For example, 44 percent of districts with dress codes ban hair wraps, with some specifically naming durags, which are popular among African Americans for protecting curls or kinky hair, or other styles of hair wraps.
The report also cites dress codes with rules specific to natural, textured hair, which disproportionately affect Black students. For example, one district prohibited hair with “excessive curls” and another stated that “hair may be no deeper than two inches when measured from the scalp,” according to the report.
Pavlakis said while the report did not contain details about how dress codes affect transgender, gender-nonconforming, and nonbinary students, it’s an important aspect of their inequitable nature.
How districts enforce dress codes
About 60 percent of dress codes make staff members measure students’ bodies and clothing to check adherence to codes—which may involve adults touching students. An estimated 93 percent of dress codes also contain rules with subjective language that leave decisions about dress code compliance open to interpretation, the report says. The interpretations often target LGBTQ and Black students, according to experts quoted in the GAO report.
Schools that enroll predominantly students of color are more likely to enforce strict dress codes, and also more likely to remove students from class for violating them. This is particularly concerning because more than 81 percent of predominantly Black schools (where Black students make up more than 75 percent of the population) and nearly 63 of predominantly Hispanic schools enforce a strict dress code, compared to about 35 percent of predominantly white schools.
“When we take away that instructional time because they’re wearing leggings, we are doing our students a disservice,” Pavlakis said. “And at the end of the day, we’re doing our black and brown students a bigger disservice than anyone else.”
The report also found that schools with a larger number of economically disadvantaged students are more likely to enforce strict dress codes. Dress codes can be challenging for low-income families to adhere to, especially if they’re required to buy specific clothing items, such as uniforms, or can only allow their children to have hairstyles approved by schools, experts quoted in the report said.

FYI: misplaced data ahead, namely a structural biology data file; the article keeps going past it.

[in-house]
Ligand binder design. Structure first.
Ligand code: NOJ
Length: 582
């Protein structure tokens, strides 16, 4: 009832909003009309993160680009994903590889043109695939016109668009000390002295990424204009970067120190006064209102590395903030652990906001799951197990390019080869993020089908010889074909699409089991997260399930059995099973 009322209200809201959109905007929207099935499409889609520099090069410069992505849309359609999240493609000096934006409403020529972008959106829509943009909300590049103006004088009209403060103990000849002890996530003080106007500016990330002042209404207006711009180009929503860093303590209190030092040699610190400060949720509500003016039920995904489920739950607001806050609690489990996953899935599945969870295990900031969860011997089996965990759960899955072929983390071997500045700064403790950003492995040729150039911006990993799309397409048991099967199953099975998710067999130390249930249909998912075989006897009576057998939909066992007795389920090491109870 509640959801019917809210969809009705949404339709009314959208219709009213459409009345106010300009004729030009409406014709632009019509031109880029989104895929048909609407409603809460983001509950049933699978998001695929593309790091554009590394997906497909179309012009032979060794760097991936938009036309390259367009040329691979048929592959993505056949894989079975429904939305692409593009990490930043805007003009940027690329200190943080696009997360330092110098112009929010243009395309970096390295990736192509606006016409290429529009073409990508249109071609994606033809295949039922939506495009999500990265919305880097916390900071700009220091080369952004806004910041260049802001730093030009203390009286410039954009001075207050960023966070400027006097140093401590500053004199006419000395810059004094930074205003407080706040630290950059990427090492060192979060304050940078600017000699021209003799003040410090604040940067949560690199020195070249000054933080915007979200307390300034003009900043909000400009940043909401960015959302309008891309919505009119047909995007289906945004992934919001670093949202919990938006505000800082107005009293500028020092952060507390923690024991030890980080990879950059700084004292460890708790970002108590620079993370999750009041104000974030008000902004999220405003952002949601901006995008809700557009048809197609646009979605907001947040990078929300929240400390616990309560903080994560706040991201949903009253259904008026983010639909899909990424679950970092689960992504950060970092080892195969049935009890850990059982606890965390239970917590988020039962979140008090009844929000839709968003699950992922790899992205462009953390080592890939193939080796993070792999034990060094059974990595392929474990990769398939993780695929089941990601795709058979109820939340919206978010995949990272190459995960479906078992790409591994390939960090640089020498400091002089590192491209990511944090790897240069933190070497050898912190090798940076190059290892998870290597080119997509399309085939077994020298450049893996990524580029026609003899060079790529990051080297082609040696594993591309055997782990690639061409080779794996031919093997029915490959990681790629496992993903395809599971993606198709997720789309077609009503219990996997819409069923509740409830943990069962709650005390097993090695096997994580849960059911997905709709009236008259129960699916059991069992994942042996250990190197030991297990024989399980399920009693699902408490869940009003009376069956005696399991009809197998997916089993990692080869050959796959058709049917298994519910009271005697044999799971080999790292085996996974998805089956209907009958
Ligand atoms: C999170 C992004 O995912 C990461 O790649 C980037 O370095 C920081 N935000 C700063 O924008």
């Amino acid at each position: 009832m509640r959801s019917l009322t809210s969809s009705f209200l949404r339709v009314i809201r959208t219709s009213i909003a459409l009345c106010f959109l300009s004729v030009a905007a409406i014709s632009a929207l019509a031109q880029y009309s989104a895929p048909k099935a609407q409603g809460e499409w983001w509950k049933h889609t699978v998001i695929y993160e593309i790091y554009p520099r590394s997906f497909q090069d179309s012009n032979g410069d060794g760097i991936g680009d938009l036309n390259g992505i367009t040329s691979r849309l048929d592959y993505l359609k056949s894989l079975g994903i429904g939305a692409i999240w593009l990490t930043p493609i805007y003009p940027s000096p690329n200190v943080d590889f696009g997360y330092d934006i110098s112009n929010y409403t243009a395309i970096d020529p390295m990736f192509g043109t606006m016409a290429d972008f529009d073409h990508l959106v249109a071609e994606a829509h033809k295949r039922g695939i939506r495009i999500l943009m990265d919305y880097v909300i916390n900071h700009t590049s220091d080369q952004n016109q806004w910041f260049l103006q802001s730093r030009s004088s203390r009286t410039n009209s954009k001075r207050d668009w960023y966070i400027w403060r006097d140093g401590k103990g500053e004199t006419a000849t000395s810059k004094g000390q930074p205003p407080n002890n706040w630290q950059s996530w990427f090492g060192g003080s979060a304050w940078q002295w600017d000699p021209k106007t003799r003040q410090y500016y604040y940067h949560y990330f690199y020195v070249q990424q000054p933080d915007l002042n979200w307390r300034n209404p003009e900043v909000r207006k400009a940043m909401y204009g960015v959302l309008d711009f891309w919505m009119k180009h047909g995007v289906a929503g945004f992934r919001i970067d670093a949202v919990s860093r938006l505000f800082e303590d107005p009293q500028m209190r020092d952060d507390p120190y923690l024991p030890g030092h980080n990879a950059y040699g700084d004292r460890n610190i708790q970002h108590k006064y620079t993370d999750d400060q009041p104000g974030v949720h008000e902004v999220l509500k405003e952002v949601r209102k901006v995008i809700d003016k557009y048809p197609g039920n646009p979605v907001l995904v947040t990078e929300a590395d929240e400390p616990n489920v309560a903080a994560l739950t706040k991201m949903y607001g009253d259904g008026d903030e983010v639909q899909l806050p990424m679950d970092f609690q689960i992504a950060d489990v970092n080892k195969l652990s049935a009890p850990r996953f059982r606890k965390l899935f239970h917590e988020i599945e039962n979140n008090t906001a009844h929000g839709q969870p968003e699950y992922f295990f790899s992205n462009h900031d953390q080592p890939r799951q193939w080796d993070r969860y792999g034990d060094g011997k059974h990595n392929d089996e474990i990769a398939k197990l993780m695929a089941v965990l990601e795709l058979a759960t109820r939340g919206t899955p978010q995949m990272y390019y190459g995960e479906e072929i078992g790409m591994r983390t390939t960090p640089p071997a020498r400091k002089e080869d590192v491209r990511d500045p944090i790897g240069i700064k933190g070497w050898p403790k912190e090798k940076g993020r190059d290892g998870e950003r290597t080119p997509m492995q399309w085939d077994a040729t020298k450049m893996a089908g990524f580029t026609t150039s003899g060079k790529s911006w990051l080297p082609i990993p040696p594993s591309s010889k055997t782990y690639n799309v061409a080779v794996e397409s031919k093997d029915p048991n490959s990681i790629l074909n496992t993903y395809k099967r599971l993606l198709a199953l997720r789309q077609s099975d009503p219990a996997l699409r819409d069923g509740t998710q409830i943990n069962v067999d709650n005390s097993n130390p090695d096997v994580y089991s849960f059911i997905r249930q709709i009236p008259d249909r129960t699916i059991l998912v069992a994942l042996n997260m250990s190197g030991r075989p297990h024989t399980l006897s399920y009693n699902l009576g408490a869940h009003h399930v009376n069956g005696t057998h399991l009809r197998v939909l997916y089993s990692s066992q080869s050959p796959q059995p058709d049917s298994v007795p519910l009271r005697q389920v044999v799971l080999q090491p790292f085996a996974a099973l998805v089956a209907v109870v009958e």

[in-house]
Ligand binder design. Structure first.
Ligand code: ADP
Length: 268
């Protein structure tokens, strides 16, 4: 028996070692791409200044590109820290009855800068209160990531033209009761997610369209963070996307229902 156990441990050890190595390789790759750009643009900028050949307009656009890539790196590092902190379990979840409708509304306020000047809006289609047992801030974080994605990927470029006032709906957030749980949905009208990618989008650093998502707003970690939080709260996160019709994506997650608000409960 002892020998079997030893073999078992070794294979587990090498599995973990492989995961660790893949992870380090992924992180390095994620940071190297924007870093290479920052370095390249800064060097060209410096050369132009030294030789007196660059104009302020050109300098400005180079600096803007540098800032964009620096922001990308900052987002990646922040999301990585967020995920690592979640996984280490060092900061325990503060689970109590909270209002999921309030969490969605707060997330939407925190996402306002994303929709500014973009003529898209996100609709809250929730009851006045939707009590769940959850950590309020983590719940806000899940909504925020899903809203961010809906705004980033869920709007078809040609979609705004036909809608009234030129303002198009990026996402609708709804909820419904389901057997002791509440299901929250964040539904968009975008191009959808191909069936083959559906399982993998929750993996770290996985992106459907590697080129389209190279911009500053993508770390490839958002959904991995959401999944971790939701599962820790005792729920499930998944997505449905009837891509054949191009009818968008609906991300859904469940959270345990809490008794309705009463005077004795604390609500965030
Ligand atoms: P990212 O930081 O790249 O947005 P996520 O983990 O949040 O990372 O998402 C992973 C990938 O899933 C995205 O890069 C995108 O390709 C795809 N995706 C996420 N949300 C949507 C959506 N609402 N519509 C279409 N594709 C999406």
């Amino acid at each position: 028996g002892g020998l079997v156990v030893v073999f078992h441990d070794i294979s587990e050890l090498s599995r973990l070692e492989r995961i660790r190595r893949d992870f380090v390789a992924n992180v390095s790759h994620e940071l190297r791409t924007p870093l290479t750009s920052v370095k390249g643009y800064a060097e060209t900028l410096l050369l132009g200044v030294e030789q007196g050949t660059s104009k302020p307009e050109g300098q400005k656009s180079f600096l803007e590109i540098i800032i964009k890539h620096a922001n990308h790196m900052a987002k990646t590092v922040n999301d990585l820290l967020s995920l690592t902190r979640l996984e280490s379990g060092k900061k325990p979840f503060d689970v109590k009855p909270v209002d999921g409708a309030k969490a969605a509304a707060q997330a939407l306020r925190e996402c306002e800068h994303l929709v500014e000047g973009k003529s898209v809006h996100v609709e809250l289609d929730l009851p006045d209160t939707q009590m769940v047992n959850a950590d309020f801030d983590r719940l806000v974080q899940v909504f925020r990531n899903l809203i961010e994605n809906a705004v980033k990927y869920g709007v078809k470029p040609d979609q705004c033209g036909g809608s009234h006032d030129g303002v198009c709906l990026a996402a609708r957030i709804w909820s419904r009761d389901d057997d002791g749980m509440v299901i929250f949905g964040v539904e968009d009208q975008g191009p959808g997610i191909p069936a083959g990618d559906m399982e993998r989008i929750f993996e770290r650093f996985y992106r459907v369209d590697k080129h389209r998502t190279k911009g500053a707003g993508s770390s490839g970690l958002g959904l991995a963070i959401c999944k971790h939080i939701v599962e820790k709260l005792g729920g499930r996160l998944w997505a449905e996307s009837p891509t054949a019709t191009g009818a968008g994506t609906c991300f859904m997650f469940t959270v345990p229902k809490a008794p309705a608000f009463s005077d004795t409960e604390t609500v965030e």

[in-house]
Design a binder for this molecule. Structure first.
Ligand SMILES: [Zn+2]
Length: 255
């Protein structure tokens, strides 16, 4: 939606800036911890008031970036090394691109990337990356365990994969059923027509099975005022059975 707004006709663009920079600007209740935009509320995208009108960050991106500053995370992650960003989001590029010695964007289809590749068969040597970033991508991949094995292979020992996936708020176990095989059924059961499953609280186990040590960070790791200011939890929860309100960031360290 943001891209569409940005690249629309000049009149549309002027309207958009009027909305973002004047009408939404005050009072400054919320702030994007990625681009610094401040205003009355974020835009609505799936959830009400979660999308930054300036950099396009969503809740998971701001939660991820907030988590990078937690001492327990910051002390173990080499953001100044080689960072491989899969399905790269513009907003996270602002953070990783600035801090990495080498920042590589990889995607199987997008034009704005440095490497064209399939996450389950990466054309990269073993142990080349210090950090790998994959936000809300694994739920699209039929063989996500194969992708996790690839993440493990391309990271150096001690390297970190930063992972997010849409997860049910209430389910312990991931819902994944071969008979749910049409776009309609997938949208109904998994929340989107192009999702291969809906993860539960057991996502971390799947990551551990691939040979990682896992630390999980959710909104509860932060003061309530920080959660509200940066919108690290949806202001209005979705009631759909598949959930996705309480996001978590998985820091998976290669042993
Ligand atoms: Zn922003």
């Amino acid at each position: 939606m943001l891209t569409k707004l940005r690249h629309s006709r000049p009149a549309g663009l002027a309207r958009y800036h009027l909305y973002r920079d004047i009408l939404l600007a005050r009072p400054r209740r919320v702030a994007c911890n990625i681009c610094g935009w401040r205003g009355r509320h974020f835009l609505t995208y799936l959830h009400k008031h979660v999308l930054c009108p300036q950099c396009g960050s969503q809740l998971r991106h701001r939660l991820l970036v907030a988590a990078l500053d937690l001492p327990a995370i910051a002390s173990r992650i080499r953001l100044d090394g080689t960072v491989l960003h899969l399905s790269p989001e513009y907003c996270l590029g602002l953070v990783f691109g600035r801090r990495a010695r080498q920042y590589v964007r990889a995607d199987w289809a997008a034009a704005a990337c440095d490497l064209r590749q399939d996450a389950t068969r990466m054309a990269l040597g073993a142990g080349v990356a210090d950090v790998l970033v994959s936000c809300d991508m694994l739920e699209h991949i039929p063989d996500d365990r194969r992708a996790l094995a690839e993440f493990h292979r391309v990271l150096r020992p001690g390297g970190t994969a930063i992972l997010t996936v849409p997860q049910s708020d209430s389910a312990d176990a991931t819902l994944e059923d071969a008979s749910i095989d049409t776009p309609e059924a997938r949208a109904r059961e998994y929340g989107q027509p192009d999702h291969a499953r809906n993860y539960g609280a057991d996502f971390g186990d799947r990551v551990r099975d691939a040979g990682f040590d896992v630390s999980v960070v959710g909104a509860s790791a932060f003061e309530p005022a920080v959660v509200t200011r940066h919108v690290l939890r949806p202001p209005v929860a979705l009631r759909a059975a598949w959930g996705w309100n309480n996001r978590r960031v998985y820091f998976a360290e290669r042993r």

Finally, schools that enforce strict dress codes are associated with statistically significant, higher rates of exclusionary discipline—that is, punishments that remove students from the classroom, such as in-school suspensions, out-of-school suspensions, and expulsions.
That means students of color and poor students—most specifically, Black girls—are most likely to face consequences for violating school dress codes, causing them to miss class time. The more class they miss, the more likely it is that they will fall behind in school.
While dress code violations do not often result directly in exclusionary discipline such as suspensions and expulsions, an estimated 44 percent of dress codes outlined “informal” removal policies, such as taking a student out of class without documenting it as a suspension.
Districts also commonly list some consequences for violations of their dress code policies, such as requiring students to change clothes, imposing detention, and calling parents or guardians.
“In order for students to get to the point where they can learn, they need to feel a sense of belonging. They need to feel cared for and loved,” Pavlakis said.
“If we spend part of our day telling students, ‘you don’t look the right way. You’re not dressed the right way, you could be unsafe because you have a hat or a hood on,’ kids aren’t going to feel loved supported a sense of belonging,”
A version of this article appeared in the November 23, 2022 edition of Education Week as School Dress Codes Aren’t Fair to Everyone, Federal Study Finds